Before he was born in Basaguda village of Bijapur district of Bastar, the wilderness had become the headquarters of Maoist insurgency. Having lost his father early, he was in his teens when his village was uprooted when the State-funded anti-Maoist militia Salwa Judum was active in 2005-2007. His mother, an anganwadi worker, sent him to a government hostel and shifted to Basaguda refugee camp, some 30 km from their village, before she was again forced to shift to another refugee camp in Avapalli. She died of cancer nine years ago.
With such sorrows behind him, Mukesh Chandrakar struggled as a freelance journalist for a decade, before he launched his YouTube channel Bastar Junction last May. In less than a year, the venture has brought him sufficient money as well as given him enormous space to narrate stories that deepen our understanding about the police-Naxal conflict and the Adivasi life that carries the maximum wounds of the insurgency. And he is just one of the several illustrious instances Bastar journalism has seen recently.
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The flag of journalism in Bastar, a zone bigger than the area of Kerala, has mostly been carried by local journalists. They often break the first stories, collect photographs and videos that are soon minted by journalists in capital cities. The photographs and information regularly tweeted and written about by the capital’s journalists are procured from these ‘stringers’ who were rarely given any credit. Technology has now given them a voice that can’t be denied or stolen, a voice that’s both rooted and passionate, that brings stories to our screen from a place ‘national’ media doesn’t often go—a voice that also brings financial sustainability.
Consider Jagdalpur-based Vikas aka Ranu Tiwari, the founder of Bastar Talkies, a YouTube channel with 1.33 lakh subscribers in just over a year after its launch in January 2021. He was doing a range of sundry businesses, from transport to a mobile shop, when he found all of these coming to a halt a decade ago. He remained unemployed for over two years before, at the persuasion of friends, he decided to try his luck with journalism in 2013—without any formal training in the profession. He freelanced for several news channels of Chhattisgarh but soon found himself staring at the abyss. “My channels often asked me to do positive stories on mining companies in Bastar. It upset me because I knew that the company never did anything for the Adivasis. I then learnt that the company was not even spending its Corporate Social Responsibility (CSR) funds in Bastar, but in faraway districts of UP,” he says. “I was annoyed with myself. Why was I doing such puff stories?” At the suggestion of his friends, he launched Bastar Talkies, its name given by journalist friend Saurabh Dwivedi, the editor of Lallantop.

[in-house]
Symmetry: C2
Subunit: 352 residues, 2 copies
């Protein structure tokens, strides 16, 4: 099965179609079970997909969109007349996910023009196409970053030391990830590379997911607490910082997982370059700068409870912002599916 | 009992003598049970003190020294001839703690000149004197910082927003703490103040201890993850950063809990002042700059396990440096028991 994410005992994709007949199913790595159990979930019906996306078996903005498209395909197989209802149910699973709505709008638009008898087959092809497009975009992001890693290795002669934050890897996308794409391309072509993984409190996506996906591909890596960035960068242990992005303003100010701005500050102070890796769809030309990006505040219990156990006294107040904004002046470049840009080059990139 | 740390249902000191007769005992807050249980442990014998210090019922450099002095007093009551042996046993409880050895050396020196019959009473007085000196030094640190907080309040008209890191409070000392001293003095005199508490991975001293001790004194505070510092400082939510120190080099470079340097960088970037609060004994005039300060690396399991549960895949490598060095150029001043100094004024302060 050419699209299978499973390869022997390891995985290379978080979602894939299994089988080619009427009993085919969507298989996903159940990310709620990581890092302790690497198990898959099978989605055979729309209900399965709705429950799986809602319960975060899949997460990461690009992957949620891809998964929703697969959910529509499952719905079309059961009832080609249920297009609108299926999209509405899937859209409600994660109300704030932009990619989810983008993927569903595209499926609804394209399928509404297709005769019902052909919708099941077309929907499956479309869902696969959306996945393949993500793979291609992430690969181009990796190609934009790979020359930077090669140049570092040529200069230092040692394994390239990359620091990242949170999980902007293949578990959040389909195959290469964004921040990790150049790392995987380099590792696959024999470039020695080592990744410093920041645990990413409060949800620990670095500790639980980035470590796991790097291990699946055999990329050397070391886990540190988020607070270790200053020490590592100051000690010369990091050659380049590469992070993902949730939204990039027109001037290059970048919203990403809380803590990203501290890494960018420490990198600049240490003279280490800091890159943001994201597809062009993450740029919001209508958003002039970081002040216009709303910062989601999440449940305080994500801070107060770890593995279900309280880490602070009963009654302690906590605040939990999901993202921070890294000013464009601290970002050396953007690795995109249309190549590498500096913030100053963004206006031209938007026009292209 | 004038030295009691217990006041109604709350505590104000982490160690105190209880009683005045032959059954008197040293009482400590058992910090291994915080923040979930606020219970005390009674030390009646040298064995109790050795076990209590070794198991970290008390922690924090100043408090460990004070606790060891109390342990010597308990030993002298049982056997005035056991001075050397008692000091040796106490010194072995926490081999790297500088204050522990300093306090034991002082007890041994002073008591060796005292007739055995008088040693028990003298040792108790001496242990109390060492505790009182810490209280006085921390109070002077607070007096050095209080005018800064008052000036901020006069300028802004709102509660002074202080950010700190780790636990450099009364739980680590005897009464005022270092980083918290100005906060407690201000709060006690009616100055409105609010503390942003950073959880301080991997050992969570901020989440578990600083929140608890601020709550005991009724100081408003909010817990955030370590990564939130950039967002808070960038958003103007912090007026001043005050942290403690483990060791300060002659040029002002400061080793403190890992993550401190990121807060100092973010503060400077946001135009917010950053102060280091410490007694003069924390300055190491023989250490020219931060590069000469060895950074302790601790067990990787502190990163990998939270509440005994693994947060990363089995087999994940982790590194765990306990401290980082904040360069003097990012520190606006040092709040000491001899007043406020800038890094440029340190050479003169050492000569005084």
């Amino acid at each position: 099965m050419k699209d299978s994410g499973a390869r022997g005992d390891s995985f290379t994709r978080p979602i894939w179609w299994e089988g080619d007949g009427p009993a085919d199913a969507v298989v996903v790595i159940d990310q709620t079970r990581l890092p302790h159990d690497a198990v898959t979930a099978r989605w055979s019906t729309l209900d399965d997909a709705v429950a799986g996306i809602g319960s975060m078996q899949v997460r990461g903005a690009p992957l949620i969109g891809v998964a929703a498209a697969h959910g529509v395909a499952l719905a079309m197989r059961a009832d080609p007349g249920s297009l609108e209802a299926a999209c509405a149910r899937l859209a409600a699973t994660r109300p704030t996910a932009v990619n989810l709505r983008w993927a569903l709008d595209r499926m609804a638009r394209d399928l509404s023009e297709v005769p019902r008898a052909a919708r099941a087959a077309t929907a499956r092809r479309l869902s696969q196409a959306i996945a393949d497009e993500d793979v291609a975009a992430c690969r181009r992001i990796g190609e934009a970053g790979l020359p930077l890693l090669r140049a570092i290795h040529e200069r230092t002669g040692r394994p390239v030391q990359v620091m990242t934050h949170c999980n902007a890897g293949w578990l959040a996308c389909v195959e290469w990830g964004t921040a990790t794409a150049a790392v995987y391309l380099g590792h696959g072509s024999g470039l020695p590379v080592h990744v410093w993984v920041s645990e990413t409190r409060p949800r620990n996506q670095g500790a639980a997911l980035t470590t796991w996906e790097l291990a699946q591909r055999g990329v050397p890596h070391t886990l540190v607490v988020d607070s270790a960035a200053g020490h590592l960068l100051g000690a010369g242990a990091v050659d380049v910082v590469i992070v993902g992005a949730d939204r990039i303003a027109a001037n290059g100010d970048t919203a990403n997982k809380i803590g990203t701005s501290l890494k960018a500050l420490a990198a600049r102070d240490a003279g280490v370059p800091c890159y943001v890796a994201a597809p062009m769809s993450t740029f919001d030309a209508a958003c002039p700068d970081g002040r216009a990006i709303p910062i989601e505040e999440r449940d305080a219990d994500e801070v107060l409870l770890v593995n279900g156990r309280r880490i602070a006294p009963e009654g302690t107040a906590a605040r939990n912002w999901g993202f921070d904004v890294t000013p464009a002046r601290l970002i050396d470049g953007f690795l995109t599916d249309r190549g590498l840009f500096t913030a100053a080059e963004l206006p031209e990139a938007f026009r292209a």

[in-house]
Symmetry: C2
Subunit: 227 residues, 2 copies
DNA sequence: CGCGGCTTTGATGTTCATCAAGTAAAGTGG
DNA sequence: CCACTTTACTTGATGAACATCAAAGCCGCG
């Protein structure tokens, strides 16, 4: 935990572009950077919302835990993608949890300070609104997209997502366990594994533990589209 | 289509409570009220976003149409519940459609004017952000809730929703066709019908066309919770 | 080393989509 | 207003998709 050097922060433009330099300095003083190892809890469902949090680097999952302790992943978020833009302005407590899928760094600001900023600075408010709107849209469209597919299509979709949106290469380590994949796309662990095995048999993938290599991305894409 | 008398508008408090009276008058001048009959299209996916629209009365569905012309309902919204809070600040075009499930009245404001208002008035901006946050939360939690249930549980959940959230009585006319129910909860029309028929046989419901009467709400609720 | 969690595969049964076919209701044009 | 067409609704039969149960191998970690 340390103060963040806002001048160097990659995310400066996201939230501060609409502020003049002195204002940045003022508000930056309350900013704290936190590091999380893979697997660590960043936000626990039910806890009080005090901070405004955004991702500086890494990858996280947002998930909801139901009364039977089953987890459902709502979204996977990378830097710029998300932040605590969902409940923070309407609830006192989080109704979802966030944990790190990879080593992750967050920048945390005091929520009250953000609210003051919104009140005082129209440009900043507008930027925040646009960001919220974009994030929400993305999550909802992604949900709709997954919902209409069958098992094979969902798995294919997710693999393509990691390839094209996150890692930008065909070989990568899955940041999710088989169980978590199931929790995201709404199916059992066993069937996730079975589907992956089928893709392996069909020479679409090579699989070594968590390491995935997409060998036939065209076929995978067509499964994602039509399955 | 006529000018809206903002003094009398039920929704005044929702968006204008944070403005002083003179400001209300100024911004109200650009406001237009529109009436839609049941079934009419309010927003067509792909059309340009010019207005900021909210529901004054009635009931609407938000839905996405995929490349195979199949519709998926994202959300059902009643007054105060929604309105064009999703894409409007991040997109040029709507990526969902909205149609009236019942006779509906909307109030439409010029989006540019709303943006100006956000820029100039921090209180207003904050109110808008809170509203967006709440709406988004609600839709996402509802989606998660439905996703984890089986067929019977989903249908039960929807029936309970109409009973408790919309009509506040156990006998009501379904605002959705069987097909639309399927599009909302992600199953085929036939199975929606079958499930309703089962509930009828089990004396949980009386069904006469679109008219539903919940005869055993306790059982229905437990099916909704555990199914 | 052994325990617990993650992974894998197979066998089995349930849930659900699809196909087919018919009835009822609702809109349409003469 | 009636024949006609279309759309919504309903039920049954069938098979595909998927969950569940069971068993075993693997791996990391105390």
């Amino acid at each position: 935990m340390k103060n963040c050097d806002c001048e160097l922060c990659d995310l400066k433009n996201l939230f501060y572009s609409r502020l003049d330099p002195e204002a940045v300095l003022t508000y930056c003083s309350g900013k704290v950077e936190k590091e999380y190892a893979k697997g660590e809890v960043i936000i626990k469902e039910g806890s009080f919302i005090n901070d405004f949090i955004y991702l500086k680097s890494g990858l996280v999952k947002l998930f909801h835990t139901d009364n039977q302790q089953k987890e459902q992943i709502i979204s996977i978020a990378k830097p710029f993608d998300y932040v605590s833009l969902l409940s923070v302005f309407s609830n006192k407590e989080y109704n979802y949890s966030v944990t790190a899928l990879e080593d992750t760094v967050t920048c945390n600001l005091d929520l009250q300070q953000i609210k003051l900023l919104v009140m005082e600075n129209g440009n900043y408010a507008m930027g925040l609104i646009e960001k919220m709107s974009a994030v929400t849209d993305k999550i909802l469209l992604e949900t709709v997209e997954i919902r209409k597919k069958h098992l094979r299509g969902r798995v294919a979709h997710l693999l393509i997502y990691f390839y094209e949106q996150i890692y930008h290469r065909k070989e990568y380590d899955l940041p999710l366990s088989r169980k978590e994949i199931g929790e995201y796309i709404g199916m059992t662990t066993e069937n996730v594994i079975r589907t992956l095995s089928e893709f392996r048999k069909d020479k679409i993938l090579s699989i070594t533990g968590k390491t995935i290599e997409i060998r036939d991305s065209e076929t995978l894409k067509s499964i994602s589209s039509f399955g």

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Disillusionment with the publications they were contributing for was the prime factor that pushed these journalists to take an independent path. “We village journalists don’t get an adequate salary. Worse, editors kill most of our stories. They don’t understand the issues of our area. They are driven by other concerns,” Chandrakar says. The peak came in his life when he and some fellow journalists from Bastar, including Ganesh Mishra, managed the release of CoBRA jawan Rakeshwar Singh Manhas in April 2021 from Maoist captivity. The abduction had become a national headline as Manhas had gone missing during a Maoist attack on security forces in which 22 personnel were killed. “I and Ganesh Mishra had played a major role in securing his release. National channels were taking my bytes. But unfortunately, at my own channel, my editor-anchor hogged away the space,” he says. “It was then I felt that if I’ve bigger stories, people would watch me.”
They were acquainted with the terrain and the people. Once they decided to break free, stories were spread all over the jungle—from the Adivasi culture to fake encounters and interviews with the insurgents. No parachute journalist could have matched their expertise and zeal. Tiwari had just around 150 subscribers till the April 2021 ambush, but his coverage of the incident took the numbers northwards. For Chandrakar, the turning point was the May 2021 Silger incident in which three Adivasis were killed when security forces opened fire at villagers who had been protesting against the opening of a new police camp. As Chandrakar extensively covered the incident and the subsequent Adivasi protests, he launched his YouTube channel Bastar Junction, and soon his Twitter following gathered big names.
Since they were chronicling a zone where few venture, their videos hardly had any competitors. Tiwari’s video story on child Adivasi artist and Sukma resident Sahdev Dirdo, who sang Bachpan ka pyaar, received nearly 10 million views. His interview with a former woman Maoist commander Sundari Korram, who was in the security team of the most wanted insurgent leader Hidma, got 1.3 million views. Distance from one’s subject is often considered necessary for objective journalism. But its converse can also be true, at times. Being insiders, these journalists could narrate the lives of Adivasis with empathy, offer first-hand insights about the insurgency and capture national attention. Incidentally, the lack of professional training became their asset as they brought a remarkable informal and personal touch to video journalism. Tiwari’s story on how Bastar Adivasis preserved a man killed in an encounter two years ago has got nearly two lakh views in just two weeks.